Yes! I'm very interested in cults, particularly in charismatic personalities, the controversy over the existence of brainwash, and the controversies over which groups are "cults" and which are not. I learned about Ted Patrick ("Black Lightning") while I was working on Who By Fire, and knew instantly that he belonged in my novel. He's such a fascinating figure, who eventually kind of disappeared amid an onslaught of lawsuits. Back when he was deprogramming cult members, people either loved him for fighting cults or hated him for being aggressive and meddlesome. I liked how the Ted Patrick phenomenon paralleled the question in my novel of whether Ash had joined a cult or was infusing his life with meaning.

Have you come to any conclusions for yourself about what is and isn't a cult? Is the term even a useful one?

Jon Krakauer wrote a great book about the Fundamentalist Latter-Day Saints called Under the Banner of Heaven. One of the things he talks about is that if Joseph Smith had lived thousands of years ago, people today might be more forgiving of the Mormon religion. By the same token, if Moses had "parted the sea" and presented the Ten Commandments in the 1800s, people would probably roll their eyes about him and call him insane. If you think about it like that, it kind of puts things in perspective.

I guess I consider a cult a religious group that sucks its members dry financially and uses force to keep its members from leaving. Admittedly, that's not a great definition; I think many groups walk a fine line between religion and cult.

When did you first travel to Israel? Were your impressions similar to Bits's?

I spent a summer in Israel right before my senior year of high school. It was one of those organized trips involving a bus and lots of other American kids. I loved it. I sobbed the first time I saw the Western Wall, even though I didn't quite understand what it was. We camped out in the Negev Desert one night, covered ourselves in limestone dust just for fun, and woke in our sleeping bags to the otherworldly sight of a pack of camels making their way across the sand, backdropped by the first blue light of the day. I lacked Bits's cynicism. I was in love with every aspect of Israel, and all I knew at the end of that summer was that I wanted to get back there as quickly as possible.

How has your perspective on Israel changed since high school?

I'm more educated about the history and politics now than I was then, but I'm still starry-eyed about it. Israel is a beautiful, magical place.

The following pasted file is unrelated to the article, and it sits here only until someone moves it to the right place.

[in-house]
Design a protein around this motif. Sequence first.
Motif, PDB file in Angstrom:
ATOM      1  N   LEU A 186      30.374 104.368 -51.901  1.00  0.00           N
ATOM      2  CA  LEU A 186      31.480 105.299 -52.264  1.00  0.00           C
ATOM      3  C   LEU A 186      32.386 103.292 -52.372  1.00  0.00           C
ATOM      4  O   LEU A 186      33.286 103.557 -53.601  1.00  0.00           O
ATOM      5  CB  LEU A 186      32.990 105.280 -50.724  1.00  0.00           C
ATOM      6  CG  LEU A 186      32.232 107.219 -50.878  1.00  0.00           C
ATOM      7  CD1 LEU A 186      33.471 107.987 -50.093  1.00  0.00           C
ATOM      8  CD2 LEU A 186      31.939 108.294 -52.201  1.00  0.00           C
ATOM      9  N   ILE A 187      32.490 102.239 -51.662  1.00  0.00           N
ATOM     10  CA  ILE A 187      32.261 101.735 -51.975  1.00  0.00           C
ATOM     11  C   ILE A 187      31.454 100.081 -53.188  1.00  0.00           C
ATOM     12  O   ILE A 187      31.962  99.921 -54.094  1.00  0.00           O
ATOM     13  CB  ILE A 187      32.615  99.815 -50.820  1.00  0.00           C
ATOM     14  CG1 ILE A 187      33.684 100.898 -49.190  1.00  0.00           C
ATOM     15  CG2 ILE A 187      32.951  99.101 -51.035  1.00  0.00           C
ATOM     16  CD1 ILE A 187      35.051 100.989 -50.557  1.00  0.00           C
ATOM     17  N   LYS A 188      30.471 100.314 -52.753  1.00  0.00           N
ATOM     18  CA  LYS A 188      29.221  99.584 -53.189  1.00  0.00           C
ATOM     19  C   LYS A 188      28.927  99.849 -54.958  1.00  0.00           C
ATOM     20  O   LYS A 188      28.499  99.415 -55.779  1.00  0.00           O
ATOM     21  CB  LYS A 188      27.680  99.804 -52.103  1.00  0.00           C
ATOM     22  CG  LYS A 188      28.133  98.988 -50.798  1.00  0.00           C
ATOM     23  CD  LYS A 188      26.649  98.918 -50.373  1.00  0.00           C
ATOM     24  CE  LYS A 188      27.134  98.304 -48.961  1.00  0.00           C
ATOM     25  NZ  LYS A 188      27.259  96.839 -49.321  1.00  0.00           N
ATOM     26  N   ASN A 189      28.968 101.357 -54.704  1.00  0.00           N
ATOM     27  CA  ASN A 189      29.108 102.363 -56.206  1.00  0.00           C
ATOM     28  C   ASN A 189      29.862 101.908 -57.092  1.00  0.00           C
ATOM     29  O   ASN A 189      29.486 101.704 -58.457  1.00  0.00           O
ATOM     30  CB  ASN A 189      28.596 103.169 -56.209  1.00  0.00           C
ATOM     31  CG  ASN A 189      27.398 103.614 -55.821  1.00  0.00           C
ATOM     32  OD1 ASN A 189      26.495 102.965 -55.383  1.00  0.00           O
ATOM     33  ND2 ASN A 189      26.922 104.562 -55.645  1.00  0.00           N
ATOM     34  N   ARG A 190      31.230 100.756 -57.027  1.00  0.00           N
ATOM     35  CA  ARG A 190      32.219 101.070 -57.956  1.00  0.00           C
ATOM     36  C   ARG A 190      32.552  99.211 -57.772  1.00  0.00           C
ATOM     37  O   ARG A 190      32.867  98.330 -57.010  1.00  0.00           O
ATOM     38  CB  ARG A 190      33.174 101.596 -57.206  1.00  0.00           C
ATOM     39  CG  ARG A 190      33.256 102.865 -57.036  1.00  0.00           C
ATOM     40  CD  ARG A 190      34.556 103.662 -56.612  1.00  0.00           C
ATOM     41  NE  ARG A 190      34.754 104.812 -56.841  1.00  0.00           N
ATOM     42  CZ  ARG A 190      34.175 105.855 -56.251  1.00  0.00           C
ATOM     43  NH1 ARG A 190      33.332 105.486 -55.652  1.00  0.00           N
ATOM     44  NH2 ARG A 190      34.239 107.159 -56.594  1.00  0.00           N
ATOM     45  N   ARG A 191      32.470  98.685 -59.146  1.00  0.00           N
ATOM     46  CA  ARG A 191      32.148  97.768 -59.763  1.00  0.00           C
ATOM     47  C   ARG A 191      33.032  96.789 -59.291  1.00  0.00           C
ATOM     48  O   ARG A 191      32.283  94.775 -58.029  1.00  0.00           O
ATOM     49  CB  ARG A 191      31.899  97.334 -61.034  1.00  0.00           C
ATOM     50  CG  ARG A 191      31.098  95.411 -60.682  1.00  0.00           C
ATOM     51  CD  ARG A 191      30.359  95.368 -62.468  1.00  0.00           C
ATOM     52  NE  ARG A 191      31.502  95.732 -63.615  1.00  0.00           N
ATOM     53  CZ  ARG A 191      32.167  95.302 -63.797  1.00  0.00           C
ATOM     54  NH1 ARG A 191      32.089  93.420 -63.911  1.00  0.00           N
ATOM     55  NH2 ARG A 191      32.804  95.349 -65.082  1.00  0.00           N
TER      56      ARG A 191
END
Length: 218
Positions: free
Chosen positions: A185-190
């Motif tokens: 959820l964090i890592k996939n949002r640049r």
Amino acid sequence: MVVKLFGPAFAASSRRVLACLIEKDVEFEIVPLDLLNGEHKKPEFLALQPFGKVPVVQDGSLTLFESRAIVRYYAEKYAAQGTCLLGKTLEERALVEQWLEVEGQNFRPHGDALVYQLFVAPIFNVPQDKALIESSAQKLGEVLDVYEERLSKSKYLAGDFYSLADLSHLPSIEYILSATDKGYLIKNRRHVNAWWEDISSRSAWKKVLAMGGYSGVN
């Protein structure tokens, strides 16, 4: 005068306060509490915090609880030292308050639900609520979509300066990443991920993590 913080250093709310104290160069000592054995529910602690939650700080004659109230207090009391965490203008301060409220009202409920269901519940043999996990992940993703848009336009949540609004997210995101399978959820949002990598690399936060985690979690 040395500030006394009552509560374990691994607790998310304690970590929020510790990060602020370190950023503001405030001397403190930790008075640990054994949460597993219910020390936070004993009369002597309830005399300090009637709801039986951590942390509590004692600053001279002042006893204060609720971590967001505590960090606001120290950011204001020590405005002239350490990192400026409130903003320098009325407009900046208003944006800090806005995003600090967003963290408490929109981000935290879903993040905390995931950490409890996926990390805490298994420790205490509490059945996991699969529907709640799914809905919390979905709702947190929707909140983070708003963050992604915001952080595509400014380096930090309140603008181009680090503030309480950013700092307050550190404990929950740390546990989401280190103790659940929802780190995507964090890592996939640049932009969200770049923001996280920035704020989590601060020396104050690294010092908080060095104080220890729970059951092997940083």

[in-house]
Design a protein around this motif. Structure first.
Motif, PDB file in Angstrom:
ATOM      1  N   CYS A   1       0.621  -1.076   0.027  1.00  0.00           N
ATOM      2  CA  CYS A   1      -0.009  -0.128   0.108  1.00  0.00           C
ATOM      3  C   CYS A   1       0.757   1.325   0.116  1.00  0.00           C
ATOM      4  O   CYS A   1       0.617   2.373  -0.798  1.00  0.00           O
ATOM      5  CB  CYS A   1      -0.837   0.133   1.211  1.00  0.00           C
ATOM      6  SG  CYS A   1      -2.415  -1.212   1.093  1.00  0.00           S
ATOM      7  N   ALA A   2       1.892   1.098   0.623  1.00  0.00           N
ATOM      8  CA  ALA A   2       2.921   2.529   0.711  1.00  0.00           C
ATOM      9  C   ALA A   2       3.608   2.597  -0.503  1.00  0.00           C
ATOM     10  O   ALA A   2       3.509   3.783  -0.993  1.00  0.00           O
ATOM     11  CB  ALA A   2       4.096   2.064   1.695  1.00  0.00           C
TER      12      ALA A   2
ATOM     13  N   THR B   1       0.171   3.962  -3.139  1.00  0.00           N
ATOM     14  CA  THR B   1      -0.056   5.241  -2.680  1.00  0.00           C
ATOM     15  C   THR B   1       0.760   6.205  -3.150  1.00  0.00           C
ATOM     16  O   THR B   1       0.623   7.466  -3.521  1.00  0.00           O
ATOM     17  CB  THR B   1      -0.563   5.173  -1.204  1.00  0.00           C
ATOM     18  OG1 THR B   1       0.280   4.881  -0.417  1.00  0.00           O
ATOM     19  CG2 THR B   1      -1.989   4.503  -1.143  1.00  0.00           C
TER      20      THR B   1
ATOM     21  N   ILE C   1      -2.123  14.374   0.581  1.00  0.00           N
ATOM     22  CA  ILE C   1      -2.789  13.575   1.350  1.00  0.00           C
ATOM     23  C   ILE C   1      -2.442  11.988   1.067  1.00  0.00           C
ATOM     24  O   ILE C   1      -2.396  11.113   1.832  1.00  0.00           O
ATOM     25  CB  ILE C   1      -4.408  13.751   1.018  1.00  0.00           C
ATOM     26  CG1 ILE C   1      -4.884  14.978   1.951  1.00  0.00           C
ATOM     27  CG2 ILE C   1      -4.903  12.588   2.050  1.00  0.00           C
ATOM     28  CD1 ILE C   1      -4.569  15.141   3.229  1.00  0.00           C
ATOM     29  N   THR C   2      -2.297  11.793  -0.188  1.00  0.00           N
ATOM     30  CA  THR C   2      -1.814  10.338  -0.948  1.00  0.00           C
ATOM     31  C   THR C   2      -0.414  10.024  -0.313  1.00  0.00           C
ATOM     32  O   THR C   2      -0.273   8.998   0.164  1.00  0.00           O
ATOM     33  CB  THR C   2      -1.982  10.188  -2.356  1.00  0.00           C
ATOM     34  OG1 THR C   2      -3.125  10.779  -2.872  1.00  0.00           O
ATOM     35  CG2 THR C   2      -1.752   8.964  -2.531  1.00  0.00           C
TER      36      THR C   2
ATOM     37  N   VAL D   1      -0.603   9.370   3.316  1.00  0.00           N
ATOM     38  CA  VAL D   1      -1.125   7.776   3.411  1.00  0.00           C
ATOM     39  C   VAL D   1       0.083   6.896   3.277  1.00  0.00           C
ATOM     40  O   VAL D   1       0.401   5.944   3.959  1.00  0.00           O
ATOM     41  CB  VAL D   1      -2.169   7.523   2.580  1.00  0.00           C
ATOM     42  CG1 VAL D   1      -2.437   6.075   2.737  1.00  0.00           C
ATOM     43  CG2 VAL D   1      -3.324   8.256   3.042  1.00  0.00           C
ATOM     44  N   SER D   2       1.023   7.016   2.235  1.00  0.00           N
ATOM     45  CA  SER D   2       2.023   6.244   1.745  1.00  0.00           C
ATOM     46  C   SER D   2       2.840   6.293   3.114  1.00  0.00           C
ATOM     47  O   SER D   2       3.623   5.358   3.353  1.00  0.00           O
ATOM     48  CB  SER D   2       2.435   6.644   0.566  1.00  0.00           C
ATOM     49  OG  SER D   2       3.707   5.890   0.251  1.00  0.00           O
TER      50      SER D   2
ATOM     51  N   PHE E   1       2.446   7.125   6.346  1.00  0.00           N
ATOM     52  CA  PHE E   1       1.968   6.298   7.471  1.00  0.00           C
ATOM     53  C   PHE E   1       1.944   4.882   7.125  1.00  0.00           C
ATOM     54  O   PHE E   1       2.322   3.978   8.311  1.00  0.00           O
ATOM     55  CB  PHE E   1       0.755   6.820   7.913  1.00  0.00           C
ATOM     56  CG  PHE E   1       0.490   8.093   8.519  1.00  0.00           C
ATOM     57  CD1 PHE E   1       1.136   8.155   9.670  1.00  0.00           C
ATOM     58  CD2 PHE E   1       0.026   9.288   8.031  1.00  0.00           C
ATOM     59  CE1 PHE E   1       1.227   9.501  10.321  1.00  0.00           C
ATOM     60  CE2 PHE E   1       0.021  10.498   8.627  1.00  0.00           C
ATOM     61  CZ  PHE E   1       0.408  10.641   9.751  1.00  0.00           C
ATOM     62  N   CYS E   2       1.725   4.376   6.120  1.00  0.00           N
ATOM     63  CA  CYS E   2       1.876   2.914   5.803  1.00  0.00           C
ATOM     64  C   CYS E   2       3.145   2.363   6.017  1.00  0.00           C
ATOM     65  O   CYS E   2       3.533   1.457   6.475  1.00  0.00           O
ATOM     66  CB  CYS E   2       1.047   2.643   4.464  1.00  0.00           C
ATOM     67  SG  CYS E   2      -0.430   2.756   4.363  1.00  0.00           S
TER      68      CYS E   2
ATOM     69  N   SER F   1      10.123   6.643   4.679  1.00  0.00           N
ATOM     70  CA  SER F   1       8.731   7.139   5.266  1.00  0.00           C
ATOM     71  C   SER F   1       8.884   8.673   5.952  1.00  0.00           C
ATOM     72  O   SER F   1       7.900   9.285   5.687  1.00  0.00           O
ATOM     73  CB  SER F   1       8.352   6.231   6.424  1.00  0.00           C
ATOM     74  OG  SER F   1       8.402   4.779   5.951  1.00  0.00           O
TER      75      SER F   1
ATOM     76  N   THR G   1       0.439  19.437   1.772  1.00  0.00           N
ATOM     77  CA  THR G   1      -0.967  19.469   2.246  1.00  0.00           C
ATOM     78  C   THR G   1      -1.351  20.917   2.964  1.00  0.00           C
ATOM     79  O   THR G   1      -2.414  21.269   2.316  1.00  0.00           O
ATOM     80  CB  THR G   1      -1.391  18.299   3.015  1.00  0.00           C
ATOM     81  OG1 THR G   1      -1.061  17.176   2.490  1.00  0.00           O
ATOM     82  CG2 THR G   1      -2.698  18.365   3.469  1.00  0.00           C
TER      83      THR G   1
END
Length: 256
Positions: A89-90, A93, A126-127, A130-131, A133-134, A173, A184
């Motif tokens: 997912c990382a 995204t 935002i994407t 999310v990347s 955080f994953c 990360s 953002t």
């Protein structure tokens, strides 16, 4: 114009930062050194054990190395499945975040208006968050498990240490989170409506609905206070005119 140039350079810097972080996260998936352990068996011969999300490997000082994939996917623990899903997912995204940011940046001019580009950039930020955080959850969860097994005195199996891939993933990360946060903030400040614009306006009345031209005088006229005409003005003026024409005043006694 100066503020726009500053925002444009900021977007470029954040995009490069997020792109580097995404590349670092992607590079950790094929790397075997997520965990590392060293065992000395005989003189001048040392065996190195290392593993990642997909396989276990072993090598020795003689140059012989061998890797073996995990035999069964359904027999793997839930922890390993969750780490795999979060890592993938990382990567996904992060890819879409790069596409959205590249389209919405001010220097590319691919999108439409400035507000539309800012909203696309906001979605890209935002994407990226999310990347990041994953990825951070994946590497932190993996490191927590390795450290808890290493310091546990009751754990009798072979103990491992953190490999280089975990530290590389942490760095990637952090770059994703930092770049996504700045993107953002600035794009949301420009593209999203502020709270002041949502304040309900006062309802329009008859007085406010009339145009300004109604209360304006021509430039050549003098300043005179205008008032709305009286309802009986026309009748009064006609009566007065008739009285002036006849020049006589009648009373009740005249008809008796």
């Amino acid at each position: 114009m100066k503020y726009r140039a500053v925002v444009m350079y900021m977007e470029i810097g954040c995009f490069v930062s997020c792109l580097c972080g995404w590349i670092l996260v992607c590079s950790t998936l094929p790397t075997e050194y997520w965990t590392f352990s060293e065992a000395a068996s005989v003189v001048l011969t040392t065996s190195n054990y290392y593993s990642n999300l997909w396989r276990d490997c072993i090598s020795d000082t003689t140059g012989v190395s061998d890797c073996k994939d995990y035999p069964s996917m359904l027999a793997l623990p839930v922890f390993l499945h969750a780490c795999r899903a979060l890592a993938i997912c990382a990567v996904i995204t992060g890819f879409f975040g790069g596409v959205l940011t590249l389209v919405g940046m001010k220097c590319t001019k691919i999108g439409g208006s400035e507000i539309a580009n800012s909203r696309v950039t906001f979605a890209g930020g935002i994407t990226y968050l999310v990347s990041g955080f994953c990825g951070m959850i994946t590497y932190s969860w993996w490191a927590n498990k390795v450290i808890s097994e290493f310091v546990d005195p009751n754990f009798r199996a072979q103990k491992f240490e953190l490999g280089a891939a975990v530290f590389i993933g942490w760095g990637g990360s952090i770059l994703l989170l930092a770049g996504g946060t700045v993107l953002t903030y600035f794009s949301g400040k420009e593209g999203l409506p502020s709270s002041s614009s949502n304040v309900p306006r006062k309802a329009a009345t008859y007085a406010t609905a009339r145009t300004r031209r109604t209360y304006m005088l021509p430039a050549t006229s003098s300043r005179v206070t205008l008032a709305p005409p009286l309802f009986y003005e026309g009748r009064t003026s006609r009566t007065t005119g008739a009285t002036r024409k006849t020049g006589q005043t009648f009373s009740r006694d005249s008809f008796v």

Have you gotten much feedback from readers for whom you've opened up an unfamiliar culture? And have you heard from any Orthodox readers?

I've heard from a number of non-Jews that reading Who By Fire taught them a lot about Judaism and Israel. That thrills me. I wondered while I was writing it if I was alienating a non-Jewish audience, but the editor who acquired my book isn't Jewish, and neither is my publicist, and the reviews have mostly appeared in publications that aren't geared specifically toward Jews, so it seems to be accessible to everyone.

So far I haven't heard much from the religious community, but I'm not anticipating a splash of any kind. First of all, I don't consider my portrayal of the Orthodox Jews edgy or offensive. Second, it's fiction! The characters aren't real. And third, there are some Orthodox characters in the book who aren't the greatest people, and there are others who are kind-hearted and wonderful.

An enthusiastic reader runs up to you and says, "Diana Diana Diana I LOVED your novel! I read it twelve times and memorized almost all of it! What should I read next!" After you calm yourself and the reader down, what do you suggest?

Depends on the day. No, it depends on the minute. I have a new favorite book every five seconds, but some of the ones I always recommend are The Secret History by Donna Tartt, Revolutionary Road by Richard Yates, Middlesex by Jeffrey Eugenides, That Night by Alice McDermott, and Housekeeping by Marilynne Robinson. More recently, I'm loving Rules for Saying Goodbye by Katherine Taylor and Twenty Grand by Rebecca Curtis. Also, two of my best friends have published books that I think are totally incredible: The God of Animals by Aryn Kyle and Come Together, Fall Apart by Cristina Henriquez.

No comments:

Post a Comment